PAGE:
The Juvenile Justice Coalition (JJC) is a non-profit organization that focuses on improving Ohio’s juvenile justice system – from prevention through youth in adult court – for youth, families, and communities. JJC’s mission is to promote effective programs, equitable treatment of youth, and public policy that will reduce juvenile delinquency in Ohio. JJC has focused on two policy areas of encouraging community-based alternatives to institutionalization and reducing minority overrepresentation in the juvenile justice system.
Primary Contact Name: Amber Evans
Bill Number: 86 – WIN!
Type of Reform
Transfer Reform - Reverse waiver applies to youth under a strict set of circumstances and allows those youth to go back to the juvenile court to receive a hearing to determine whether they could be eligible for juvenile sentencing. And, allows mandatory transferred youth who are eventually convicted of a lesser offense in adult court to return to juvenile court for an amenability hearing to determine whether the youth can be rehabilitated in juvenile court.
Bill Number: 337 – WIN!
Type of Reform
Detention Reform - creates a presumption that youth who are in the process of being transferred to adult court and youth under the juvenile court’s extended jurisdiction (i.e. youth ages 18-21 who do not receive new charges, but violate their parole) remain in juvenile detention facilities instead of being placed in adult jails.
Bring Youth Home: Build on Ohio’s Deincarceration leadership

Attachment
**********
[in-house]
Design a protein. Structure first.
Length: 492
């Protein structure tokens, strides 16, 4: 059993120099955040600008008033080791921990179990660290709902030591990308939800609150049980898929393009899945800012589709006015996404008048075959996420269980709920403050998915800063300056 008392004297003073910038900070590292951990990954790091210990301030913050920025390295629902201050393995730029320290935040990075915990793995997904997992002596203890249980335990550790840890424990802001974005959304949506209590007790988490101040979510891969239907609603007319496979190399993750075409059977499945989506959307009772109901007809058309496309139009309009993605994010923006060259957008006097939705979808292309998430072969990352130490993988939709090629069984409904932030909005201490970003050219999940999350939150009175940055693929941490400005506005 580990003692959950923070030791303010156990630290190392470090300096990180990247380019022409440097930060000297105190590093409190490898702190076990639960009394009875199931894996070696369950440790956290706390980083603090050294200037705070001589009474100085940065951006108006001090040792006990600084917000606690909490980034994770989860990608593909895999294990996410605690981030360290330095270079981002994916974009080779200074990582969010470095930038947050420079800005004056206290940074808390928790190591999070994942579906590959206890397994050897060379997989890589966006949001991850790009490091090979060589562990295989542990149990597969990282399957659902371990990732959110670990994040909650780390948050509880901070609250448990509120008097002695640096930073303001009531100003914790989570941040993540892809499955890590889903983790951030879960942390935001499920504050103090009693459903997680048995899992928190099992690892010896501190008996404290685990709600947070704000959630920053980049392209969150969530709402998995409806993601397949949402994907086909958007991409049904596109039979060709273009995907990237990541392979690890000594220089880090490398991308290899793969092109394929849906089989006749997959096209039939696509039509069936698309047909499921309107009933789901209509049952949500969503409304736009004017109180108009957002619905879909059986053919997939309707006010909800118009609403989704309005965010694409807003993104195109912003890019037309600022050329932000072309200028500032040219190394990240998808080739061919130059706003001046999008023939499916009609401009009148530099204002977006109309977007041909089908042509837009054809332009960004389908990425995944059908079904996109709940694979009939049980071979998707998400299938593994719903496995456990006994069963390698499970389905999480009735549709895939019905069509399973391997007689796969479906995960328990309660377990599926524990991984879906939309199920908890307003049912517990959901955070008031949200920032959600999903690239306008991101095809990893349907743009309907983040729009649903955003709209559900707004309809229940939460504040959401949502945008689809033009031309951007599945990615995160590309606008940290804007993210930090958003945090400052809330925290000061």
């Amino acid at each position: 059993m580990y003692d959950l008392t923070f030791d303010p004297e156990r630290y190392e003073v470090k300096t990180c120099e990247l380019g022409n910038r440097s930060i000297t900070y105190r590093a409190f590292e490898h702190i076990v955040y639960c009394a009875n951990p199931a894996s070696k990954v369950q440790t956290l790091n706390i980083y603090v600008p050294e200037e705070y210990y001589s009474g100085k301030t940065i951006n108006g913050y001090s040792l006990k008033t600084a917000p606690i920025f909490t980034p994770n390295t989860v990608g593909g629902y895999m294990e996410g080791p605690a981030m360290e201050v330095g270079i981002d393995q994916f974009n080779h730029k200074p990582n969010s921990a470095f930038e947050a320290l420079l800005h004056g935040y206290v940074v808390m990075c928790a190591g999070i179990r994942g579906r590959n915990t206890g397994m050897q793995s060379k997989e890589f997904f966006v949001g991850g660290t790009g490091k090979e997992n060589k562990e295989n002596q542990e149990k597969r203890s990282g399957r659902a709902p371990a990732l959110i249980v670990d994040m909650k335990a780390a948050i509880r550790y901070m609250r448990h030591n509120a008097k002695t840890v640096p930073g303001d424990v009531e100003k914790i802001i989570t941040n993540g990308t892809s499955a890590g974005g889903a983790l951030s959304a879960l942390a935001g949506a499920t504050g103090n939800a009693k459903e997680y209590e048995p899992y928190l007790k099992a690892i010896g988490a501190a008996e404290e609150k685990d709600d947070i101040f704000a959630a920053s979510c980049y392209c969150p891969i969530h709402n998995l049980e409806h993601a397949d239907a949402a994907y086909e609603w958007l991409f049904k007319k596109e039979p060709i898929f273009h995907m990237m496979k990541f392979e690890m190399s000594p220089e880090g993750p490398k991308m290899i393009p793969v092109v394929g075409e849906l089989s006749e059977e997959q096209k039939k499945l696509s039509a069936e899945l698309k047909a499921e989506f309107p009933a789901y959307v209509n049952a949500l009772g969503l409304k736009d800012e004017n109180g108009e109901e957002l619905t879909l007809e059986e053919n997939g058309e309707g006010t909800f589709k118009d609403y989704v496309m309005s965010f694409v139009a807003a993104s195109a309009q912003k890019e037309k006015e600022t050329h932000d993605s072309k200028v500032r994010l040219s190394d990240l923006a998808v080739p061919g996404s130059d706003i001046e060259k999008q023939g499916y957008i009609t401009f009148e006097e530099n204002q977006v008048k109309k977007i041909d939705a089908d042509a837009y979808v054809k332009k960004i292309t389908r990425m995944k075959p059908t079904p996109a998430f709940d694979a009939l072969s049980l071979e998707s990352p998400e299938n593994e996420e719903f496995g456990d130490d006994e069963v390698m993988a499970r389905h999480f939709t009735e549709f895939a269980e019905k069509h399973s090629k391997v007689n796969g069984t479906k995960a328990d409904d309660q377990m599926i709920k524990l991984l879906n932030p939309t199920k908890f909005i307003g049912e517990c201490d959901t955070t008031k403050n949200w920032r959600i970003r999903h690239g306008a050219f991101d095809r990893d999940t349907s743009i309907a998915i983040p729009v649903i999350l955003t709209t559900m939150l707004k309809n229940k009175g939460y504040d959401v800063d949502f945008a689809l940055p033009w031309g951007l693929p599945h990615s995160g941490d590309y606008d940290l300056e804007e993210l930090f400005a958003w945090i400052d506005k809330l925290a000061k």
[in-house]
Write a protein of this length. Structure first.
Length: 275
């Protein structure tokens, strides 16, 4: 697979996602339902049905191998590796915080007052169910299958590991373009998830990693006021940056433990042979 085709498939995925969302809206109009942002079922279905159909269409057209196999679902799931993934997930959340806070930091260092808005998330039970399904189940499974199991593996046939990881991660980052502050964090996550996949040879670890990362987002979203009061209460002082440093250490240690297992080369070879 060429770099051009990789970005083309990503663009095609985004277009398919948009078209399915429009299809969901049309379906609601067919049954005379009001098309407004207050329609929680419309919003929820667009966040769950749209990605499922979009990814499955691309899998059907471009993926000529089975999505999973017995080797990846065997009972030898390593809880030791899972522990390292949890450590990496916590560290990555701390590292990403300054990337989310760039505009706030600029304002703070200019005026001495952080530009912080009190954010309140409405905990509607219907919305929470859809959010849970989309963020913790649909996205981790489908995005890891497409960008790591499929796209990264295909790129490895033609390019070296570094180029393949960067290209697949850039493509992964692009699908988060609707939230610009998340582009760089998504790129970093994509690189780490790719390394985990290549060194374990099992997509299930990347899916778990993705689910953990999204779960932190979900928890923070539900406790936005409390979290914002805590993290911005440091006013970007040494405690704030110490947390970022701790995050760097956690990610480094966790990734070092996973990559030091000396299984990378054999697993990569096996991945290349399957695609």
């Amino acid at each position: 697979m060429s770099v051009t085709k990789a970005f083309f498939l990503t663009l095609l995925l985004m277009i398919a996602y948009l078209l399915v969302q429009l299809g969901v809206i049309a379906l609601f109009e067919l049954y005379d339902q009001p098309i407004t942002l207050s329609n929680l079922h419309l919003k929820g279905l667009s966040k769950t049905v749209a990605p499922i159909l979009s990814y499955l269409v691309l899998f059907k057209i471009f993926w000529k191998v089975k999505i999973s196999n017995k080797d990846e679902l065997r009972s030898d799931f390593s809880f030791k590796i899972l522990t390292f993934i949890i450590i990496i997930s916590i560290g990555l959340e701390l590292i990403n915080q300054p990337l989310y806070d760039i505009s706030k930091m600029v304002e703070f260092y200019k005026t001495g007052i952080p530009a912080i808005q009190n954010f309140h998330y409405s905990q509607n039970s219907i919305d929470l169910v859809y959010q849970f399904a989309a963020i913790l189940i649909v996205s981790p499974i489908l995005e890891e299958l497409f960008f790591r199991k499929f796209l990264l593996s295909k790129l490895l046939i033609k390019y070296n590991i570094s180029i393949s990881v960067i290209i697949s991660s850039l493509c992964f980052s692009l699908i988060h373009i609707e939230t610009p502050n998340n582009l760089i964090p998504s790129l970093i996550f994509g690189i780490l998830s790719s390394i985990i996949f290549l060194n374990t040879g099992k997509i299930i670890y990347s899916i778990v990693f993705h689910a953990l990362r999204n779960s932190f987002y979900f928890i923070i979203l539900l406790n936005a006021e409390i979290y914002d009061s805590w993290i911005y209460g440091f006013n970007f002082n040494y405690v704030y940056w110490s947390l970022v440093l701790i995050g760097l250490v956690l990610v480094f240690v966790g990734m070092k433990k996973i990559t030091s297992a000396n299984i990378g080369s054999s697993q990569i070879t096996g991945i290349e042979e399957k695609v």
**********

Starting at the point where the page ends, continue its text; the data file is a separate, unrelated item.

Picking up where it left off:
Bring Youth Home: Build on Ohio’s Deincarceration leadership (2015) examines Ohio’s deincarceration efforts and innovation with regard to reducing youth incarceration, and analyzes how this experience can inform other jurisdictions’ conversations about developing new or reexamining existing deincarceration strategies.
Resolution Opposing the Placement of Ohio Youth in Adult Court and Adult Facilities
Resolution Opposing the Placement of Ohio Youth in Adult Court and Adult Facilities (2012) exemplifies the importance of reform in its state. These hopes include the reduction of the number of youths incarcerated in the adult justice system and complete removal, differentiation of sentences on the account of the development of youths versus adults, and proper rehabilitation. It also mentions the consequences that children face before and after officially being incarcerated.
Juvenile Detention Reform in Ohio
Juvenile Detention Reform in Ohio (2012), by Children’s Law Center Inc., Children’s Defense Fund and Kids Count is one that refers to the successful process the state of Ohio has made over the years and further contributions that have and will be added in its improvement. This includes different detention alternatives such as the collaboration of committees within communities and new objectives of data and analysis resources. The reform also ensures Ohio's future prospective for the state such as creating an oversight system, assistance, and accountability for juvenile detention facilities.
Falling Through the Cracks: Update
Falling Through the Cracks: Update (2014) by Children’s Law Inc. examines data and presents analysis on youth who are put through the adult justice system in Ohio as well as the entire nation and provide Supreme Court cases to their justifications. In addition, they present stories of youths who had the personal experience of transferring and provide new information about Ohio Courts. Lastly, they assert recommendations such as specific context of youth being tried and the types of changes that would apply to these.